Photo credit: Terel Moore Photography


William Montieth Drayton (Monty) is a cultural conservationist in Grenada who wears many hats; among them, teacher, story teller, drummer, drum maker, singer and dancer. To add to the plethora of knowledge he has gained over the years, through his own research into our history and culture, last year he went to Morocco to study Animation in the Hotel Industry: a short course about keeping guests entertained through the performing arts.

I recently interviewed him at the Grenada National Museum, where he has volunteered for over 15 years. For this, he had taken a break from drumming with his band of young drummers and as we chatted the sound of the drums in the background seemed a fitting serenade to the rhythm of his story. Here’s a Q&A with Monty.

What exactly do you do?

I currently volunteer at children’s homes and homes for the disabled teaching our traditional culture through drumming and singing. I also visit schools and community groups to do the same. I’ve worked with various performing arts groups all over Grenada and therefore know a myriad of songs and dances from the various corners of our country. Because of this I can identify variations in dances that are common to Grenada, like the Belè and tell you which parish they are from. Not every community does the Belè in the same way. I believe that River Sallee and Carriacou have the most authentic flavour of our dances. In fact, River Sallee has about 12 different versions of Belè. They once had a very vibrant folk group but in very recent times have fizzled out. I did everything in my power to resurrect that group. So right now I am coordinating with a church up there to organise to do a workshop to teach drumming there and hopefully revive the arts in this community.

How did this all begin?

My Genesis was with my brother, Mervin, a drummer and panist, who was very particular about his drum. We (my 3 other brothers and I) used to have to steal his drum to practise, when he was away. One day, when we thought he had gone, he doubled back on us and found us playing. He was shocked to discover how well we could play and this led to us forming the Drayton drummers band. My father, Malcolm Drayton, also influenced my path. He had a steelpan band, whose members later formed the now well known Angel Harps Steel Orchestra. Growing up at home he would always play a lot of Jazz and Classical music. This intelligent music enhanced my drumming.

The Drayton Drummers played in the community and became the national drummers of the revolutionary government. During the Gairy regime, in the 70s, we had to look over our shoulders while we played because the Police could come take your drum and destroy it. This was, perhaps, because it was towards the end of the Black Power movement, in which drums were used to carry the effect of power, bravery and fighting against the system. But this did not deter me. I moved on to the Roots Vibrations Band in which we did a multiplicity of spectacles around Grenada and in Carriacou: bike stunts, acrobatics, fire displays, chanting. As a boy, I even drummed for the hotels. This was before they paved the roads.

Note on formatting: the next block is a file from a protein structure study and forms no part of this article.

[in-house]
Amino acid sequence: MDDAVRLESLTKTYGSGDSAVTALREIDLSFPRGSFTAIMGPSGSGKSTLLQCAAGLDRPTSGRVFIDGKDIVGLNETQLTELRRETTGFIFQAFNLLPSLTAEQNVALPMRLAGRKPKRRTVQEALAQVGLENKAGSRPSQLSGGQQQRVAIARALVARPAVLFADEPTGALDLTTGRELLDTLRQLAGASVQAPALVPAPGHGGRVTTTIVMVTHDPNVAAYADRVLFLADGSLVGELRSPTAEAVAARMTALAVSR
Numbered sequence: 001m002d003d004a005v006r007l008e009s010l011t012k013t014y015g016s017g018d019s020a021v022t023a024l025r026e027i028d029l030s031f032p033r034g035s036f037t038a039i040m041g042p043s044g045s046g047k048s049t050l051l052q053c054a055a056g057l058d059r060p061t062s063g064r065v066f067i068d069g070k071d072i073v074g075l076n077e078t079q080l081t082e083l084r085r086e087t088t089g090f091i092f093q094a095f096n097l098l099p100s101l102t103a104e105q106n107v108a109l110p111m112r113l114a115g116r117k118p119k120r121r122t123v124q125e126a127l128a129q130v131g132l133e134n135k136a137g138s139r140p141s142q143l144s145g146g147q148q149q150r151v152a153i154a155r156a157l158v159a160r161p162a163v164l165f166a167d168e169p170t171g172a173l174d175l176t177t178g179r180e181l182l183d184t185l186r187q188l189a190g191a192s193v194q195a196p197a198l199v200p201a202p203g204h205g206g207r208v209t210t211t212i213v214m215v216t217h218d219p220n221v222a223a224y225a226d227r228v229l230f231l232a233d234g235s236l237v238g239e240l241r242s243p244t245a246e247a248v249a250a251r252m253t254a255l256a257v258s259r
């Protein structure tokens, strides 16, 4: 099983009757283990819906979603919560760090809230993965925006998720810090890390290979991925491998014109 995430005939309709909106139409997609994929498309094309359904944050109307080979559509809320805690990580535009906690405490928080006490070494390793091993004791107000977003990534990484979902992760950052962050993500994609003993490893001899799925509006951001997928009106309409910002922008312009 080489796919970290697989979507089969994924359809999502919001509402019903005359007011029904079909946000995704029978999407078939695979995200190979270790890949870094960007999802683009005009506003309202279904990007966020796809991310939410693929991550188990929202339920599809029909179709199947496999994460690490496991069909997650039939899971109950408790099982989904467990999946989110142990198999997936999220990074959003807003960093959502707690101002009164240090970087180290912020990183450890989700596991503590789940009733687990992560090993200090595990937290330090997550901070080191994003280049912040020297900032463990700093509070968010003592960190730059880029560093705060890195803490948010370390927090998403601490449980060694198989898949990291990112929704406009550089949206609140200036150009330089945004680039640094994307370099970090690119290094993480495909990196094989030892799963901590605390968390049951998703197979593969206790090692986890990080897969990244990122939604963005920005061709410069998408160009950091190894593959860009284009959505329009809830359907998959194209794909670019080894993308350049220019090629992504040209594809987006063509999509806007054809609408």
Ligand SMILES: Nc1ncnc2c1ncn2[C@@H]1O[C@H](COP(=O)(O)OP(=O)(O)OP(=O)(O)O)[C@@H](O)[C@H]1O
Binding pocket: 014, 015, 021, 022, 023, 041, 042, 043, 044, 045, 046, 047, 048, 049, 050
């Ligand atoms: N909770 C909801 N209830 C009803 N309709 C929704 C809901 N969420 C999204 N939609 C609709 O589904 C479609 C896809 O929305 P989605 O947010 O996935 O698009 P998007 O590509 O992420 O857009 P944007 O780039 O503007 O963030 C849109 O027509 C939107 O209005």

Why is the work you do important and what are some of the challenges you face?

I want to pass on our traditional culture and to ensure that the people I am teaching learn properly to pass it on to the next generation. I ensure they understand the history and the importance of drumming in the community because after doing my research, I realised that nothing was done in Africa without the drum. Be it for an invited guest, planting, reaping, teaching, death, birth, festivals, the drum was always played.

We are cut off from that now because of the misconceptions from some religious people. Religious people caused a negative vibe concerning some of our dances and drumming. Shango, for example, got a bad name because we were colonized by the members of the traditional church, who went against our drumming. Yes, I know some people have negative intentions when they drum but what is a drum? A piece of wood and goat skin. How evil is that?

I’m also concerned that I’m not seeing enough involvement from the government. Sometimes, I believe I am the Minister of Culture because I do so much. After going to Africa, no one from the government has tried to engage me to utilise my new knowledge. If I were in the Ministry of Culture, we would get money to develop every cultural program. We are not convincing the Prime Minister that our project is a good project. We are not trying to develop our product and take the culture to the next level. I’m concerned that there is a generation that is dying, a generation that needs that.

What are you most passionate about?

I love to play the Saxophone and I’ve always loved the guitar, even if I’ve never had the opportunity to play. I also love teaching and playing for the disabled. It’s joyful, I’m energized. If I don’t go, I’m not strong. One time, it took me a year to realise that a certain guy was deaf and mute because he followed the rhythm so well. I love to see them move to the rhythms. There’s a guy there I look at and I feel I could make a dance based on how he moves to the drum.

What are your plans for the future?

I dream to get the opportunity, one day, to go to the US and teach 1000 people to play the drum, free of cost and their payment would be to take this newly learnt skill and go into homes for the disabled everywhere and to teach and play for disabled kids.


When one monkey tries to thief my phone the other is just wondering about how stupid the little monkey could be, to be attracted to human’s evil technology